Complex issues of romantic comedies

Summer is near, and so is the end of romantic comedy season. Now that Americans have horror flicks and real comedies to look forward to, they can forget about the series of cliché romantic comedies that plague theaters in January, February and March.


A close friend recently said that people who gravitate toward romantic comedies tend to substitute these films for real relationships, and most people love to point out that real love would never play out the way that such movies portray. The biggest issue with romantic comedies is that they are far too often predictable and unrealistic — but unrealistic in different ways than most would argue.

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It's too easy — not to mention false — to claim that ""The Notebook"" does not reflect any existing relationship in the world. This pessimistic attitude comes from someone who has never had or does not even have hope for a magnetic, out-of-this-world connection with another person. Not everyone can be Noah and Allie, the lovers in the movie, but certain couples can be on eternal cloud nine. It's very possible to have this sort of strong bond with someone, but you need to have an open heart and an acceptance of vulnerability beforehand, and some people are unwilling to take the risk of being emotionally shattered.


""The Notebook,"" similar to other films of passionate romance, is not a fantasy tale, much to the disappointment of naysayers. It is hard to believe, however, that the actresses in most contemporary romantic comedies would get the roles of women that have absolutely no luck with any men.


With great love stories such as ""The Notebook"" also comes bitter tragedies such as ""The Break-Up"" and even ""The Last Kiss."" ""The Break-Up,"" a highly underrated romantic comedy, alludes to the actual nature of many relationships. The couple spends the entire film arguing and they don't come together in the end. While this doesn't make for good escapism, it's realistic and more of what a romantic comedy should be. A lot of people will be in a healthy relationship at some point, but they'll probably face multiple dramatic break-ups beforehand. It's a shame that ""The Break-Up"" couldn't spark a new trend in romantic comedies.


In two memorable, recent romantic comedies, the beautiful Katherine Heigl has taken on the role of a ""woe is me,"" perpetually unattached businesswoman, and a tan, blond and thin one, at that.


""The Ugly Truth,"" which came out last summer, starred Heigl and Gerard Butler. She plays a busybody control freak that scares away the male species with her Type-A behavior. It's understandable that she'd be alone as a result of her difficult personality, but plenty of women suffer from this problem, and it doesn't mean that they'll be alone forever. Someone as gorgeous as Heigl could surely win the heart of a man in spite of her bossy antics. She's solo and lonesome in the 2008 film ""27 Dresses,"" yet she has no distinct character flaws to justify her single lifestyle.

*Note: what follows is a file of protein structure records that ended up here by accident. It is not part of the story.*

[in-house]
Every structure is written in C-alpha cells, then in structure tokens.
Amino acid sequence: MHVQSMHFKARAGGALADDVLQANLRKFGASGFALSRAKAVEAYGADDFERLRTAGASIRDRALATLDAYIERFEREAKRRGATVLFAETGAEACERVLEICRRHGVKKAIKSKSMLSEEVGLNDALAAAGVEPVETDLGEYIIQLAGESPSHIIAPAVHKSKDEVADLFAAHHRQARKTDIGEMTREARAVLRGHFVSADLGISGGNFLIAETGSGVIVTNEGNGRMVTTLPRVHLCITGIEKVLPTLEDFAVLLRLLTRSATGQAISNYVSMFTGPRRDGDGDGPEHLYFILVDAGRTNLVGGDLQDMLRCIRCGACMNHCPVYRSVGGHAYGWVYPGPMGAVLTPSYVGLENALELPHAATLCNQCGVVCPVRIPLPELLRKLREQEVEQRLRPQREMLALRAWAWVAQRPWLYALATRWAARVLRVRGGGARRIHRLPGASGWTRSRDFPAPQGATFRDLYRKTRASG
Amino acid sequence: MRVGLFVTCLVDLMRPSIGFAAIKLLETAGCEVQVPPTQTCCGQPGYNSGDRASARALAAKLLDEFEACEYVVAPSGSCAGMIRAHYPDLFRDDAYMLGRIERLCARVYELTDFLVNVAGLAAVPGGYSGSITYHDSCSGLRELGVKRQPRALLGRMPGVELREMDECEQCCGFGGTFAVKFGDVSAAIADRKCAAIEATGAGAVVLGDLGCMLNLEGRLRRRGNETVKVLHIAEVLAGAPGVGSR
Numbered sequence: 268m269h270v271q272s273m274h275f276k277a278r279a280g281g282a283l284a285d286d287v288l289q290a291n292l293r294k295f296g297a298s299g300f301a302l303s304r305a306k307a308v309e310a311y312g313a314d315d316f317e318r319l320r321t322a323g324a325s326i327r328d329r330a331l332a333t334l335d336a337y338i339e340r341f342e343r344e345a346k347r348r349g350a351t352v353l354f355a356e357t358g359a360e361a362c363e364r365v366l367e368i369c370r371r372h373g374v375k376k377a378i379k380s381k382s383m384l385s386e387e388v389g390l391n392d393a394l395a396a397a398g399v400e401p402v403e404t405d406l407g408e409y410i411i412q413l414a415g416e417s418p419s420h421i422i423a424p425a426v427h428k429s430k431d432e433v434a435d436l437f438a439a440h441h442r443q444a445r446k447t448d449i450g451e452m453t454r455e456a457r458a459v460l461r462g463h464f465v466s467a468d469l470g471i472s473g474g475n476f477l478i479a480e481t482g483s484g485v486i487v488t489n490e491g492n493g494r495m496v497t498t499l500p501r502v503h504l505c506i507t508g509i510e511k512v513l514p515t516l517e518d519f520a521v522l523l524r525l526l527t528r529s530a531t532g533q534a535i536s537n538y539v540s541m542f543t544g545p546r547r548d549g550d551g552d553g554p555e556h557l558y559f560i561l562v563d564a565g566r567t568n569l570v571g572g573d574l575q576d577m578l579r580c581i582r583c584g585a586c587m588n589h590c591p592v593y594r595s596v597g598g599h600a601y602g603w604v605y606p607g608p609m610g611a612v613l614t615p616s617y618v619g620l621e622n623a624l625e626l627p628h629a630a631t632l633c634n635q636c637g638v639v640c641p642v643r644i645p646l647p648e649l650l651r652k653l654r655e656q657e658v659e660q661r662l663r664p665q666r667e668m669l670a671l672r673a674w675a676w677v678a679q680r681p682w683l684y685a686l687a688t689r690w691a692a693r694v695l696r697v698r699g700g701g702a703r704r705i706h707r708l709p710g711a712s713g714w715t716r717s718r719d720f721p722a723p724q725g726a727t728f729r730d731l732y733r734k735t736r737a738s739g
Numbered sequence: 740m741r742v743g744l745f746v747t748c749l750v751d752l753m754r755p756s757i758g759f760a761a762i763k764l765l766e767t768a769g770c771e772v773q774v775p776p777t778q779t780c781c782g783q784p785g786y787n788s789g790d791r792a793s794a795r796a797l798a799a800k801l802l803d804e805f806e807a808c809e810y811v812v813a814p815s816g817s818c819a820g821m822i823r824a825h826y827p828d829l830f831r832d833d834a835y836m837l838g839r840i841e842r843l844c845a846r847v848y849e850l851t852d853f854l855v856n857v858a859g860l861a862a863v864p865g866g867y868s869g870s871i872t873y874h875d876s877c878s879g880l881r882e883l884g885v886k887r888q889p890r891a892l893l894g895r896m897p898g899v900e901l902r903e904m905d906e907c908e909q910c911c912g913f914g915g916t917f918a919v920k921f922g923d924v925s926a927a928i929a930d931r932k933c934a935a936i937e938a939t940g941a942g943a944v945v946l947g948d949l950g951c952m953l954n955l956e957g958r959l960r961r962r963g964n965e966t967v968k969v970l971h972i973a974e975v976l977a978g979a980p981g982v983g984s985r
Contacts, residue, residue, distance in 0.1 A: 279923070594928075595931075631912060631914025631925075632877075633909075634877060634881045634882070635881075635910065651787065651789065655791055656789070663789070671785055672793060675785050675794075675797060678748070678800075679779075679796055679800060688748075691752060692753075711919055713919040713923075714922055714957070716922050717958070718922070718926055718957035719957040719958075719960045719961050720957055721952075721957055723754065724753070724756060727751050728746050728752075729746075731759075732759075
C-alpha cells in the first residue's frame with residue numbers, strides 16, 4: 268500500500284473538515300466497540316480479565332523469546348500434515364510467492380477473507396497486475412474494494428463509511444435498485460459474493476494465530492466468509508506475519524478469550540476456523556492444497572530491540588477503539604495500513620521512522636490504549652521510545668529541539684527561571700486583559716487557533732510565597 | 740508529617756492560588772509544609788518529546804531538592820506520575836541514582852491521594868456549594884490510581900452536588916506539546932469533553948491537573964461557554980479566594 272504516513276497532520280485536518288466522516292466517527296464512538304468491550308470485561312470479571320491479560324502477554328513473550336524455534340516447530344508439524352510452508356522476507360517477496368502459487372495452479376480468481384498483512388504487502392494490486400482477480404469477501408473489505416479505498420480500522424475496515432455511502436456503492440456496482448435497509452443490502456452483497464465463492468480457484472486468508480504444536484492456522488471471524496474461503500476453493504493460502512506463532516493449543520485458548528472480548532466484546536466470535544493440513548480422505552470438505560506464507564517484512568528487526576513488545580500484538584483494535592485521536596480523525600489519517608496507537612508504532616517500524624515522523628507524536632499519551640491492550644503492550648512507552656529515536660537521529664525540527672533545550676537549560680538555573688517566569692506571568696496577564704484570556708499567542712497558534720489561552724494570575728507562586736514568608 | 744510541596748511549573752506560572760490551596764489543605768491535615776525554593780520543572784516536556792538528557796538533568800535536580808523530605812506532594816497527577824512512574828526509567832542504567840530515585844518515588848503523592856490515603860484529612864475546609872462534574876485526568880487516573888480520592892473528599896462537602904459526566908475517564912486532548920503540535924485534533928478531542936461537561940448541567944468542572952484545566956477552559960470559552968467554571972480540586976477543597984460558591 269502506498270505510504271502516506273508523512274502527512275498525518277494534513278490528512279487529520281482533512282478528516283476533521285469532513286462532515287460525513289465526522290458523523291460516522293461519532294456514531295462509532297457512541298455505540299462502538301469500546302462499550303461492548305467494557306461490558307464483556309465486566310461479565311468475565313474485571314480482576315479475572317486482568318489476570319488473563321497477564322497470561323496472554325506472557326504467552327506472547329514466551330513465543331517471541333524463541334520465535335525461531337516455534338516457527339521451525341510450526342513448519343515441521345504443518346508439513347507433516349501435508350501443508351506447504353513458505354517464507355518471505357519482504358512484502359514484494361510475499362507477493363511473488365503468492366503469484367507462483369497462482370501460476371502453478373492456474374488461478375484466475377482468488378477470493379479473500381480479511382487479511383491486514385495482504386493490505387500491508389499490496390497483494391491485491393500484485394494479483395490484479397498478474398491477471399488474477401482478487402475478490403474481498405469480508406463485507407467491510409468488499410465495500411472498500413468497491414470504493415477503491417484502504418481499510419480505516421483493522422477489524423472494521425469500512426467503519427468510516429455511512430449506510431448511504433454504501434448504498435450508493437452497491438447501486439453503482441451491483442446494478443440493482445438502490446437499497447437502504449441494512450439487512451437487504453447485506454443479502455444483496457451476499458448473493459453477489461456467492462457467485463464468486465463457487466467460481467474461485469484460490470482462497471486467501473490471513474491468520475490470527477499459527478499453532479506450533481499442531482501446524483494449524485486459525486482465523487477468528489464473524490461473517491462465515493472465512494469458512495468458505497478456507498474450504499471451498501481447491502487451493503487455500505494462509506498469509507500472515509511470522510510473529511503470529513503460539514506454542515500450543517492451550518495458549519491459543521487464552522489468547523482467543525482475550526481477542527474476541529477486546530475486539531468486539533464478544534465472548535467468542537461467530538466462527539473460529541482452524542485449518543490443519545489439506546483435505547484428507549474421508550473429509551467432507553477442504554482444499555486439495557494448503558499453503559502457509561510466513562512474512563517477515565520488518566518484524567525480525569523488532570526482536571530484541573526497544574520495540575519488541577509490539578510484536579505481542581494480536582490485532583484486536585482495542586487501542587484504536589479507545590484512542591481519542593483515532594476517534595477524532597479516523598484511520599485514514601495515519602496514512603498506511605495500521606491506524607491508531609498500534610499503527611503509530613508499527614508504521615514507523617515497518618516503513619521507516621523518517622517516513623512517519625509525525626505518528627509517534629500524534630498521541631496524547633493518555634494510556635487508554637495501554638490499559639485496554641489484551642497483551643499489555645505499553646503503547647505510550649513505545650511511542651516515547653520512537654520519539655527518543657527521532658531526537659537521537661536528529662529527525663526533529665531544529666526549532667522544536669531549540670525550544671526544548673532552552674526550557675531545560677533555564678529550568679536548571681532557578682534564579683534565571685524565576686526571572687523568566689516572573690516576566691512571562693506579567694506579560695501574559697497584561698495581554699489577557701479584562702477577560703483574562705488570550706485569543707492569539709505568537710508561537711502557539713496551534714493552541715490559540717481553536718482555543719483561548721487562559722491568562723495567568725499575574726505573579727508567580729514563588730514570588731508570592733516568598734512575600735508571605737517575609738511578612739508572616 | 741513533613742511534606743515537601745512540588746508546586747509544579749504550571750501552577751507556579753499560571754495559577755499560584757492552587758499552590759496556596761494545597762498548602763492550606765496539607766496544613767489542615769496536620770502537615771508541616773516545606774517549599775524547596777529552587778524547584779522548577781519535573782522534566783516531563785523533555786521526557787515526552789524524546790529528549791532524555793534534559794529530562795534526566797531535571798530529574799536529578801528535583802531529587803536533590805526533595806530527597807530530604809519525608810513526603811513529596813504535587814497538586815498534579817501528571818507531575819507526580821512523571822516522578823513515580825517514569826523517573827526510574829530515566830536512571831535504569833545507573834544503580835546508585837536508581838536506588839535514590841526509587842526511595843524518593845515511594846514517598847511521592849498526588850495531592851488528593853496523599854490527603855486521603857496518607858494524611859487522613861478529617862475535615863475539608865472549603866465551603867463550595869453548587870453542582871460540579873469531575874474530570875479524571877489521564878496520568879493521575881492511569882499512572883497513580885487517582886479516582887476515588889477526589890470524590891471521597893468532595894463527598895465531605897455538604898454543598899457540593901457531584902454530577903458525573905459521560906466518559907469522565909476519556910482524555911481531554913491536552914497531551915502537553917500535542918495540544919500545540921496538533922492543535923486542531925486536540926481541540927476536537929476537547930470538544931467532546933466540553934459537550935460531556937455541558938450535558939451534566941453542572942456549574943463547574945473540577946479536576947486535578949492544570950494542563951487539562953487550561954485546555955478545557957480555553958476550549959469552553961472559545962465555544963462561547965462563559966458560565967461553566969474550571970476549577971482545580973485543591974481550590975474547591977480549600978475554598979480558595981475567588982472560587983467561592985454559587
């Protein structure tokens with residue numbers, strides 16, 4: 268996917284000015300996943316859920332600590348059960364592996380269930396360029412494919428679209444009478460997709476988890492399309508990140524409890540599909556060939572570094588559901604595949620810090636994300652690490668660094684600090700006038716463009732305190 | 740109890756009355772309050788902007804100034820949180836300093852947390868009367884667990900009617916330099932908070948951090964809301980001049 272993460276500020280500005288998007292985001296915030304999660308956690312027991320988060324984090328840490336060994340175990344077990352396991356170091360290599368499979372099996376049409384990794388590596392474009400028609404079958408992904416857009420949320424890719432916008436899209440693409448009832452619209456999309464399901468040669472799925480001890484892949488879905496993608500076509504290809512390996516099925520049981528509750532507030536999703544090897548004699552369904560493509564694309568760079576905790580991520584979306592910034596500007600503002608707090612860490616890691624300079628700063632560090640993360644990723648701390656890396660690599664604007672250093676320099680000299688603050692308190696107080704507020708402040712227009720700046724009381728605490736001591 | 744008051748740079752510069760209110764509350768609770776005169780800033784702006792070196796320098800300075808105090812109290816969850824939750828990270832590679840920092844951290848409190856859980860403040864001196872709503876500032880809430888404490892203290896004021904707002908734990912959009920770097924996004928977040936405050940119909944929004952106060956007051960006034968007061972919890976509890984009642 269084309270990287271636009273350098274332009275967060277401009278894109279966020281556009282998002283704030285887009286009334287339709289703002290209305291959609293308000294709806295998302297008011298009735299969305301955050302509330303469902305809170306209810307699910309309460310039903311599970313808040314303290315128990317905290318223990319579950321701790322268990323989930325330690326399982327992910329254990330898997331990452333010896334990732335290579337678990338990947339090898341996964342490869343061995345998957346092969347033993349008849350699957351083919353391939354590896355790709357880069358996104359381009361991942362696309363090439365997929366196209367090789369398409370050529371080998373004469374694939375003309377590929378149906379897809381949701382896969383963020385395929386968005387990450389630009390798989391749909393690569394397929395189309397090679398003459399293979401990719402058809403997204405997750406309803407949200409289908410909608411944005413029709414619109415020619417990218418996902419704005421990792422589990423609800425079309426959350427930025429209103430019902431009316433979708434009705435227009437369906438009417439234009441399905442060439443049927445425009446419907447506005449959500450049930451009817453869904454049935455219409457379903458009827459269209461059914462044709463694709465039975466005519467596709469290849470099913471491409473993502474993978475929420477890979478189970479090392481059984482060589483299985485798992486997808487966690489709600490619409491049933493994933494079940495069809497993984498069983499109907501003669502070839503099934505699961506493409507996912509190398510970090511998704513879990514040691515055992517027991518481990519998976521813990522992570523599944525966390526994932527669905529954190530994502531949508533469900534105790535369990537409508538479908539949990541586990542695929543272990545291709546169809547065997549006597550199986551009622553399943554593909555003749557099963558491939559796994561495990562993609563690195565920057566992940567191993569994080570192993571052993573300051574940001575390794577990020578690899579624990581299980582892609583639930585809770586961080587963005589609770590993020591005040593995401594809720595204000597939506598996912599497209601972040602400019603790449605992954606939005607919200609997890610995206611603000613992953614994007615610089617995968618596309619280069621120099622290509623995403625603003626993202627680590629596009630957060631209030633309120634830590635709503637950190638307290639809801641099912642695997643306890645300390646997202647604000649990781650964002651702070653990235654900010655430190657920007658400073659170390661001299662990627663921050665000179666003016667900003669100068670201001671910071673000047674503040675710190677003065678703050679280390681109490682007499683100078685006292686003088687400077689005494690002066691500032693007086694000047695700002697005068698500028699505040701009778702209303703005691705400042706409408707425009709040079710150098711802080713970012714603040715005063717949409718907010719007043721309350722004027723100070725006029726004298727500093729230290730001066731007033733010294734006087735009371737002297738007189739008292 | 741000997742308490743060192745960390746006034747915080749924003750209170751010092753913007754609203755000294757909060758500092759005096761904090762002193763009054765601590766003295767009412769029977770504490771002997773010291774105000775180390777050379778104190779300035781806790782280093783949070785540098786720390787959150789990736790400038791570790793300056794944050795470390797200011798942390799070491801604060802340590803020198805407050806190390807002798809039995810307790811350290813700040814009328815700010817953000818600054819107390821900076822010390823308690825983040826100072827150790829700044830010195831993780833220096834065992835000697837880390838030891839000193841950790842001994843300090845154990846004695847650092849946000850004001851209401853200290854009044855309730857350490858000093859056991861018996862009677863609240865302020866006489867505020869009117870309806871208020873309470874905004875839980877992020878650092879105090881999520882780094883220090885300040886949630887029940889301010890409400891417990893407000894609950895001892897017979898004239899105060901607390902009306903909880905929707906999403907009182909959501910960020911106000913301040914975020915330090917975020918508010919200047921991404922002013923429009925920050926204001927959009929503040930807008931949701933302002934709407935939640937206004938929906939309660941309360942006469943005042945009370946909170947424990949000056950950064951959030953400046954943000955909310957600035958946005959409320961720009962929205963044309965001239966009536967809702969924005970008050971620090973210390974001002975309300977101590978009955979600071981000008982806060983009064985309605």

Why give Heigl, who was ranked 14th on the Maxim magazine Hot 100 of 2007 list, this type of role? Casting has surely become the most outward flaw of romantic comedies. Women everywhere praised the 2001 ""Bridget Jones's Diary"" for telling the story of a female character that is not a size zero with protruding hipbones. Bridget Jones, played by Renee Zellweger, is on the curvier side, has a beer belly and goes after sleazy guys. This romantic comedy speaks truer to what really happens in relationships.


It would be far too negative to state that romantic comedies are unrealistic for trying to prove that women everywhere have their prince charming. Not all women want that, but if someone truly wants this type of relationship enough, they could create it with someone in time. Romantic comedies these days do not suffer simply for promoting Disney-movie romance. Most people would probably be much happier if they even had faith that this kind of bond can happen for everyone. Hollywood could even snap its audience back to reality by showing relationships that fail. Film directors would do everyone a favor, and make their romantic comedies less predictable and easier to relate to, by hiring more wholesome actresses to star in such films.



— Laura E. Donovan is a creative writing senior.

She can be reached at letters@wildcat.arizona.edu.


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